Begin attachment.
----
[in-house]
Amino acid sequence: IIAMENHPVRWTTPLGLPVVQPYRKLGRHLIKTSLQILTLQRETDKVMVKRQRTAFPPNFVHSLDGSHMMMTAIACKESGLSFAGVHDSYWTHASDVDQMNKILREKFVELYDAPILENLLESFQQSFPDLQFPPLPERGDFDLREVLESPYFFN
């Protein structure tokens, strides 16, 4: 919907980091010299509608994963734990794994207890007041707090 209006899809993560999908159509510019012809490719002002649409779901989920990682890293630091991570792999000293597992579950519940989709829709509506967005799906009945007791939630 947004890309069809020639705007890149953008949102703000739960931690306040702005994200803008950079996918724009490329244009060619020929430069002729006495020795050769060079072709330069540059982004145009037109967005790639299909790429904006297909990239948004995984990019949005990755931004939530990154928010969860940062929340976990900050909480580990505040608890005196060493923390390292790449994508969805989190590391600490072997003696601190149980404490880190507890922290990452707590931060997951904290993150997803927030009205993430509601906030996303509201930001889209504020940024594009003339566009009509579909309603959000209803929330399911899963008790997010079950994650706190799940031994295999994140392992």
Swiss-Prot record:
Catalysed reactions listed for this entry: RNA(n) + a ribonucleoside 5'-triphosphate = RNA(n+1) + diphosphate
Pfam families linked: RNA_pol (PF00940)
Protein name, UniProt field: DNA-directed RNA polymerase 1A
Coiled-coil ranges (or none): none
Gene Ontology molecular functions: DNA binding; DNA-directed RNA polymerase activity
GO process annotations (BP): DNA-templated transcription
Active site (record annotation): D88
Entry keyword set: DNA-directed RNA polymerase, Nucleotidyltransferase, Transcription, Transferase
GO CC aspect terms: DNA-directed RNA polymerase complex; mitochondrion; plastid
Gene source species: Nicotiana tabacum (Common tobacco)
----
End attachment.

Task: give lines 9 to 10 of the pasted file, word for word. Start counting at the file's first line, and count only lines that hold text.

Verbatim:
Gene Ontology molecular functions: DNA binding; DNA-directed RNA polymerase activity
GO process annotations (BP): DNA-templated transcription